Marketing is a tool to increase awareness of your products, services, and brand, but what happens when this tool is misused? Deceit and fraud are all too common in the world of marketing, and any hint of either in your marketing can doom your brand forever. Recognizing the practices of the dark side can help you shield your business from its harmful effects.
When marketing becomes a source of misinformation, we’ve reached the dark side. The say anything mode of marketing is what gives all marketing a bad name, but that’s not the only tool of the dark side of marketing. So, how can you insure that you’re always on the right side of marketing practice? By not using the following unethical marketing practices.
7 Black Hat Marketing Practices to Avoid
- Keyword Stuffing. This is the practice of loading up a webpage with keywords or numbers to rank higher on Google and other search engines. This was a successful SEO tactic in the past, but today it’s a no-no. Here’s what Google’s Matt Cutts said last year SXSW:”We are trying to level the playing field a bit. All those people doing, for lack of a better word, over optimization or overly SEO – versus those making great content and a great site. We are trying to make GoogleBot smarter, make our relevance better, and we are also looking for those who abuse it, like too many keywords on a page, or exchange way too many links or go well beyond what you normally expect. We have several engineers on my team working on this right now.”Another downside of keyword stuffing is that it creates a horrible user experience. Wordstream gives this illustration: Are you looking for cheap running shoes? If you’re looking for cheap running shoes, look no further. Our cheap running shoes website is the best place to order your new cheap running shoes. Feel free to check out our selection of cheap running shoes from our cheap running shoes selection below. Who wants to read garbage like that? Keyword stuffing – don’t do it!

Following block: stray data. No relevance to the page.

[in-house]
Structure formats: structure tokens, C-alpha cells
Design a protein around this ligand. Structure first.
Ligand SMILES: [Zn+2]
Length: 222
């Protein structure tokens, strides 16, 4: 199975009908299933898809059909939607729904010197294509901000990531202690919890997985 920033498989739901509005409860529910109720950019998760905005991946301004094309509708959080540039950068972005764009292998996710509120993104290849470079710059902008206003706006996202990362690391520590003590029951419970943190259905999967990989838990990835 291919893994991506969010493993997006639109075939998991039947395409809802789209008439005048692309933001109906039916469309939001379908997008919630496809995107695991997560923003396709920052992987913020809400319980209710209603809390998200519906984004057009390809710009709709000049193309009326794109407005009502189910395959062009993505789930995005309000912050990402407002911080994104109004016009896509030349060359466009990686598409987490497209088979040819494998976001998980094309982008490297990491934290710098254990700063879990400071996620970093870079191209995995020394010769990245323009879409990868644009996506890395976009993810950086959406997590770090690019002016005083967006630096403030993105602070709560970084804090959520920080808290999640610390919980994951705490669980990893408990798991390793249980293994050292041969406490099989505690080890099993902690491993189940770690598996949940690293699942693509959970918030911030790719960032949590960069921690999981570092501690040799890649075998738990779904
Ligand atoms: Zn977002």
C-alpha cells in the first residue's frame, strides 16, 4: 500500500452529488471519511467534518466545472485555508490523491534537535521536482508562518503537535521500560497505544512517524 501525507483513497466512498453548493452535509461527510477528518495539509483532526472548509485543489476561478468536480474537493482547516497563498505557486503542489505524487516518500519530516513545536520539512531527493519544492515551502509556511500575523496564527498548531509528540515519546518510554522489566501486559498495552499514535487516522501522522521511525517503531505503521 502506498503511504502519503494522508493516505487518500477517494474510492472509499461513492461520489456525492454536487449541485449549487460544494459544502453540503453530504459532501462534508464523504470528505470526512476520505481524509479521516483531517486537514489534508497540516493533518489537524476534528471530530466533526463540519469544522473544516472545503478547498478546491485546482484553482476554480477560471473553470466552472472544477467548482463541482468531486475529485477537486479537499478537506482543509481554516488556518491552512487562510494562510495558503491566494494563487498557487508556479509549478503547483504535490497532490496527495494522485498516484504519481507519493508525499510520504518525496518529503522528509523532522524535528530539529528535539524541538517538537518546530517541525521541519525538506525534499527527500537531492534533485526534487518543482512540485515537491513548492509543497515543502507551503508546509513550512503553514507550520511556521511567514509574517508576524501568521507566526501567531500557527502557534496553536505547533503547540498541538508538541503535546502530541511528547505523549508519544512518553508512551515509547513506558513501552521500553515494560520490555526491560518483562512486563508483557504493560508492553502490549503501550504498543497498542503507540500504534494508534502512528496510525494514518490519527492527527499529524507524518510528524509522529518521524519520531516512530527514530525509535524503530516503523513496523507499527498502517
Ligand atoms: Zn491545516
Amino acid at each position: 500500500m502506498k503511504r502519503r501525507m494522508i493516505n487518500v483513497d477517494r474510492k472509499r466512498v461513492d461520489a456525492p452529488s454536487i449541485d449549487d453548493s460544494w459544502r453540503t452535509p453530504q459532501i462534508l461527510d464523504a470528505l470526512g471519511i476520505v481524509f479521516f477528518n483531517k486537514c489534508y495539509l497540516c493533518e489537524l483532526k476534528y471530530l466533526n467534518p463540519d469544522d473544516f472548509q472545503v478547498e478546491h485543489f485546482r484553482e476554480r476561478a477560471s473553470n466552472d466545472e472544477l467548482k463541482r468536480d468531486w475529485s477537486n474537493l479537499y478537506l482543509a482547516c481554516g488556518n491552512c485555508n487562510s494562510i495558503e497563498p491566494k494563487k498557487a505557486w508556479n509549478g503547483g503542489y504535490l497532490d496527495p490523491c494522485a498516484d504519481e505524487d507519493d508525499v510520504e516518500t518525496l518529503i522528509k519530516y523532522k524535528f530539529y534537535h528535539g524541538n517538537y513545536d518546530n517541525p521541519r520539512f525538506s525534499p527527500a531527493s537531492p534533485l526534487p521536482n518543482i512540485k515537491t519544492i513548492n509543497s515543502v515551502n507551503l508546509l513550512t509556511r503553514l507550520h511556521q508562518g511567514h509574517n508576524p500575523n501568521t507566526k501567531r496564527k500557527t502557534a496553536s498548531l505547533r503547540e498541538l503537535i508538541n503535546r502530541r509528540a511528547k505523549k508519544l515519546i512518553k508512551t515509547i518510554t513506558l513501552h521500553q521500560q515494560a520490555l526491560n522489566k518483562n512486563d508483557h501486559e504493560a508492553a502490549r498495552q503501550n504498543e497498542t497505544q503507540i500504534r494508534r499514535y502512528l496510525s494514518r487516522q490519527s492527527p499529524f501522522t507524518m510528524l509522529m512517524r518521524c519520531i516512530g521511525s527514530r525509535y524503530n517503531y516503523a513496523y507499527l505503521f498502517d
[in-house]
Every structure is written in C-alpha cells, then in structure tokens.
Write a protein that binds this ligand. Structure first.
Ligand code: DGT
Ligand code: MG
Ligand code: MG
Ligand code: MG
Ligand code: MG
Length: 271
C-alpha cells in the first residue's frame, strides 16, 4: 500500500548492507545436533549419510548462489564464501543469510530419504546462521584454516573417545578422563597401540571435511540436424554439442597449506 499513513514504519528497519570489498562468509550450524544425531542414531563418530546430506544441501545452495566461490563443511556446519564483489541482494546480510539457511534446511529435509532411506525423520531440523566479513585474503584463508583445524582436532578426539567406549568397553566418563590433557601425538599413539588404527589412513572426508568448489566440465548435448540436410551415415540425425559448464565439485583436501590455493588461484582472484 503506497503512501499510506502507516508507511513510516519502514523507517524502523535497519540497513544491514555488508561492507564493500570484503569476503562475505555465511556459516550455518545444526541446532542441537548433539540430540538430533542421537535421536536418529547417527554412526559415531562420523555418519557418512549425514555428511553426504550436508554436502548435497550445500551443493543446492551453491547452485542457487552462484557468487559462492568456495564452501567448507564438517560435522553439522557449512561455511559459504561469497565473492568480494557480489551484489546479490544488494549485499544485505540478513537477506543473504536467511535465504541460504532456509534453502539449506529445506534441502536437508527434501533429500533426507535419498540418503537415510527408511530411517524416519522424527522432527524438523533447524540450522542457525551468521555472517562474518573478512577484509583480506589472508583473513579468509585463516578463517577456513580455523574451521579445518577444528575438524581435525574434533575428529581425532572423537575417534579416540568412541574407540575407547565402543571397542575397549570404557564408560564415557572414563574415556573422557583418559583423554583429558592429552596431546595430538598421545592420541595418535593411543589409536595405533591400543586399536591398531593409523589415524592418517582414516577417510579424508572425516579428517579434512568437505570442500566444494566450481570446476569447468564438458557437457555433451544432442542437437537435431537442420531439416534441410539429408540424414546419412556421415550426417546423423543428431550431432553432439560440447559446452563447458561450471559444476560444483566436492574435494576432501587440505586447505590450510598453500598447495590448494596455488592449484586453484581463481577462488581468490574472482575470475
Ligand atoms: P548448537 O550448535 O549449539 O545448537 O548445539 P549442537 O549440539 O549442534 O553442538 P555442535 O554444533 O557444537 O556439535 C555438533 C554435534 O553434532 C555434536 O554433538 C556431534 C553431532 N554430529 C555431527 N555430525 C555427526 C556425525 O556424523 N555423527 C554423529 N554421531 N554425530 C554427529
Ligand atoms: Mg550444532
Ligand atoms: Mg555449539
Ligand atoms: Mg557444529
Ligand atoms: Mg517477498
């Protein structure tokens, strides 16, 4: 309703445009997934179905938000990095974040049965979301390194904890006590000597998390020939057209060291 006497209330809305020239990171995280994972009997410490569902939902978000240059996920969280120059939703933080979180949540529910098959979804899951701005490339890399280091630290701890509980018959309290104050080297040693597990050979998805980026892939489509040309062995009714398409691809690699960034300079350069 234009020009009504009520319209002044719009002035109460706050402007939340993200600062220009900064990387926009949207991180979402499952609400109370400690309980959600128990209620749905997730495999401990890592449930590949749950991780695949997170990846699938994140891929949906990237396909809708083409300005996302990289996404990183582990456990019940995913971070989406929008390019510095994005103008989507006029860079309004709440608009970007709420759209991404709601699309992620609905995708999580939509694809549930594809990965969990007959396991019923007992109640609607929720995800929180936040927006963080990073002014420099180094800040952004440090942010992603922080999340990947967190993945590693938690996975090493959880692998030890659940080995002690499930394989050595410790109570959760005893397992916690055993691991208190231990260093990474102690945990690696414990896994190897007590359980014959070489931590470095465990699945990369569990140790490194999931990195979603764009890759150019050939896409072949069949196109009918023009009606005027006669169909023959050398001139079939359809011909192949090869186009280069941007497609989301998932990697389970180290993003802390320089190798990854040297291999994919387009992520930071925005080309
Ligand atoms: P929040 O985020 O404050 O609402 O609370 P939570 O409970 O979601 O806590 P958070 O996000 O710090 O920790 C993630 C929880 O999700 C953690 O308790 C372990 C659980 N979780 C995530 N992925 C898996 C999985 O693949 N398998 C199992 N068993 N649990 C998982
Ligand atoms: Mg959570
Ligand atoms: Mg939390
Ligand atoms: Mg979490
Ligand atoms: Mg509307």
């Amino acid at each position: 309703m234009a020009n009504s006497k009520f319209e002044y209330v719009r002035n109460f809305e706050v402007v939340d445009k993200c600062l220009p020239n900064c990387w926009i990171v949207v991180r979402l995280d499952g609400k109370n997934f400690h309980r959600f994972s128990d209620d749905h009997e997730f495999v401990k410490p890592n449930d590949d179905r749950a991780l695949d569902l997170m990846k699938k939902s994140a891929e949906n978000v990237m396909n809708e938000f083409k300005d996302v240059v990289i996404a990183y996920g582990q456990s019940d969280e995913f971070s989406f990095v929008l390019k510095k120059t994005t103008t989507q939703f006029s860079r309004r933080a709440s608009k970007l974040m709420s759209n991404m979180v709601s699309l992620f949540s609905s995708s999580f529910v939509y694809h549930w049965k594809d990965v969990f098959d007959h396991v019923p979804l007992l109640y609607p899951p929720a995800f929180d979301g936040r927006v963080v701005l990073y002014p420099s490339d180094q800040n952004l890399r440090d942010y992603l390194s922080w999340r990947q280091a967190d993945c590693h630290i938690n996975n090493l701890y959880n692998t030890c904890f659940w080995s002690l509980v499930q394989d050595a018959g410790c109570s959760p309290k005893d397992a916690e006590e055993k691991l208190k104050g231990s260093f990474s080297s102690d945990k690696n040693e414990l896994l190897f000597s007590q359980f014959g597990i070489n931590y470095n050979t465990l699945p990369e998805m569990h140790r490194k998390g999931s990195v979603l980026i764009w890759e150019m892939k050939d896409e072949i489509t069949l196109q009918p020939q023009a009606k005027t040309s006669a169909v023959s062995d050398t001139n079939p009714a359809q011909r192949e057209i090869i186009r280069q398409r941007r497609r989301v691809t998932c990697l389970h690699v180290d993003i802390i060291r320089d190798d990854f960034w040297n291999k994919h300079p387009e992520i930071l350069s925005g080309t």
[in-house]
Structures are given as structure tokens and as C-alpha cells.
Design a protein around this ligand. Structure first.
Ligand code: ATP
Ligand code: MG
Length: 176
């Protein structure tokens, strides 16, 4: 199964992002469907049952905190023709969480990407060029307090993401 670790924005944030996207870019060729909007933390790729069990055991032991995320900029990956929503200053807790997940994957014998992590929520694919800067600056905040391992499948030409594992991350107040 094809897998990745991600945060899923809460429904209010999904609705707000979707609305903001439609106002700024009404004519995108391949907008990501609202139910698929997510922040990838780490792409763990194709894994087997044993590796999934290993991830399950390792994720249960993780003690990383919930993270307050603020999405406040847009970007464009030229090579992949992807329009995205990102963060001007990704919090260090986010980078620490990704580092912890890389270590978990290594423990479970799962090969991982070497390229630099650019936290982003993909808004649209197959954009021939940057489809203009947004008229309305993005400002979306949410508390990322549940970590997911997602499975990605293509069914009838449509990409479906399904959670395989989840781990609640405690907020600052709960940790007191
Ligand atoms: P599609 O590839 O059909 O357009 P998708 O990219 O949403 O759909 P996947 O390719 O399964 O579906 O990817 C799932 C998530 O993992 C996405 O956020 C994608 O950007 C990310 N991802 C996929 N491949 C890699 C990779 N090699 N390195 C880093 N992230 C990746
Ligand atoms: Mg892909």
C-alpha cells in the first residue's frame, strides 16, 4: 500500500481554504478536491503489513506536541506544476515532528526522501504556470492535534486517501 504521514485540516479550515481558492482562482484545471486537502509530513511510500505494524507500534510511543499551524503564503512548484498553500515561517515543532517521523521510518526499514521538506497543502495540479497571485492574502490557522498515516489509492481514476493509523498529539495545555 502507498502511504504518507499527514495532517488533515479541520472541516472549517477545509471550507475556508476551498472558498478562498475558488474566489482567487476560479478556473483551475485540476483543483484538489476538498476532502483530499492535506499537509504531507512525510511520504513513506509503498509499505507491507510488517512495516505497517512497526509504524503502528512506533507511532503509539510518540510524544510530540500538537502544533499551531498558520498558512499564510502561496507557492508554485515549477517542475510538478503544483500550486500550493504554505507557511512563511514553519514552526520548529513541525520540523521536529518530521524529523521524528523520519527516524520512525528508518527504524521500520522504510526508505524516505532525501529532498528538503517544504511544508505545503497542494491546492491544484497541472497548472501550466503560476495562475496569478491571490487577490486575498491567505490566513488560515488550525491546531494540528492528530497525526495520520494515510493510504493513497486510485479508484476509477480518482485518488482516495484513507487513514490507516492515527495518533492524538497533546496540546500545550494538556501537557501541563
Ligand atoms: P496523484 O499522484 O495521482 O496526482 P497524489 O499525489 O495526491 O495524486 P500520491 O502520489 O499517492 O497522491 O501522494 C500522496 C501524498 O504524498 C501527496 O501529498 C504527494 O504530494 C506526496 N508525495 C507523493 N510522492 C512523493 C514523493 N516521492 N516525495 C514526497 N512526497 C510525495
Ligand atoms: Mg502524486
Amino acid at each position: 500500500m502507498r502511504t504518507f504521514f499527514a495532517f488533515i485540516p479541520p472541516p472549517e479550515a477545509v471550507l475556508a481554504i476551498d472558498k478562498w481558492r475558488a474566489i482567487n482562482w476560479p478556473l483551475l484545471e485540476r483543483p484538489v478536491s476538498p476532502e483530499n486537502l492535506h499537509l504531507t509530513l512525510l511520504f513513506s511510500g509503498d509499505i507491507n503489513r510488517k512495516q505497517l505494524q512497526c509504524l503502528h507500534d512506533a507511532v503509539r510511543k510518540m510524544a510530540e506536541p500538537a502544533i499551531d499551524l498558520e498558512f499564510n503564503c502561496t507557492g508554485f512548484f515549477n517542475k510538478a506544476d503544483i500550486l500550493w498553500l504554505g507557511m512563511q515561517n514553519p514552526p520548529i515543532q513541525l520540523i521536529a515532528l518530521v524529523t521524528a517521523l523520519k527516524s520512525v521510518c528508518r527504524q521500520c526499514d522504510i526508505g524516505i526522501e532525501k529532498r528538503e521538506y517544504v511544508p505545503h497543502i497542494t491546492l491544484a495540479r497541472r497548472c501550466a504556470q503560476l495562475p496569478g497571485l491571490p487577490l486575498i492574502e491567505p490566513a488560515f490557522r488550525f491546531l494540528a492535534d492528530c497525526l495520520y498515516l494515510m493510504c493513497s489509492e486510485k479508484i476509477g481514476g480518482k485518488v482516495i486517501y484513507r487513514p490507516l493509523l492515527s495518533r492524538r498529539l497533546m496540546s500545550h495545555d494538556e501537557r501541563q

- Irrelevant keywords. Some geniuses use keywords that have nothing to do with their content in order to rank for these key words. The problem with this is that Google use Latent Semantic Indexing to find these pages and then penalize them in page ranking.
- Article spinning. It’s no secret that search engines love fresh content. Article spinning is rewriting a post in an attempt to pass it off as new content. An article or post can be rewritten multiple times and submitted to multiple websites. This practice can build backlinks and improve your own site’s SEO by establishing you as a greater authority on what you are writing about. Article spinning can be done manually or with software. The problems with it are numerous. First, Google and Yahoo do not look kindly upon the practice and will penalize you for it. Second, some people believe that it’s unethical and you will hurt your reputation with them. Third, if you buy software to do this, too often the spun post or article comes out very poorly. In some cases, the automated article is unreadable.
- Buying links. This is a clear violation of the Google terms of service, but there are marketers who do this. Google will lower page rank, and in some case de-list websites that are caught doing this. In March, hotels.com got an ugly black eye when it was caught buying links.What are some other bad aspects of buying links? One, the conversion rates from bought links are generally low. Two, this can be a very expensive endeavor. Ahrefs ran tests in 2016 and this year to see how much link buying costs. In 2016, the average was 353.92; in 2018, the average was $361.44 (an increase of 2.4%). In 2016, the average came from 250 websites; in 2018, the average was from 450 blogs.
- Link exchanges. This is similar to buying links, but the difference is that the quid pro quo is reciprocity. You link my website in exchange for me linking yours. Google will downgrade you for this.
- Buying followers. Buying social media followers has some of the same drawbacks as buying links. First, it’s a clear violation of the terms of service for Instagram and Twitter, and it likely violates the terms of other services. Second, conversion rates are generally low. Third, like hotels.com, you can take a bad hit to your reputation if (when) you are found out. Fourth, chances are some, if not many, of your new “followers” may be fake accounts. The Washington Post reported in May that Facebook disabled 583 million fake accounts. Do you think that’s the end of the problem? No way.
- Buying email lists. There are companies that will sell you email lists. What’s the problem with this? First, reputable email marketing companies don’t allow you to send to lists that you’ve purchased. They require email opt-ins. Second, as with buying links and buying followers, engagement is low. Third, the delivery of emails to these purchased accounts may end up identifying you as a spammer, which will kill ALL of your email delivery rates. Fourth, you may end up annoying the people who receive emails from you since they don’t know you and don’t know why you’re emailing them.
What black hat practices would you add to this? I invite your comments and questions and your likes and shares.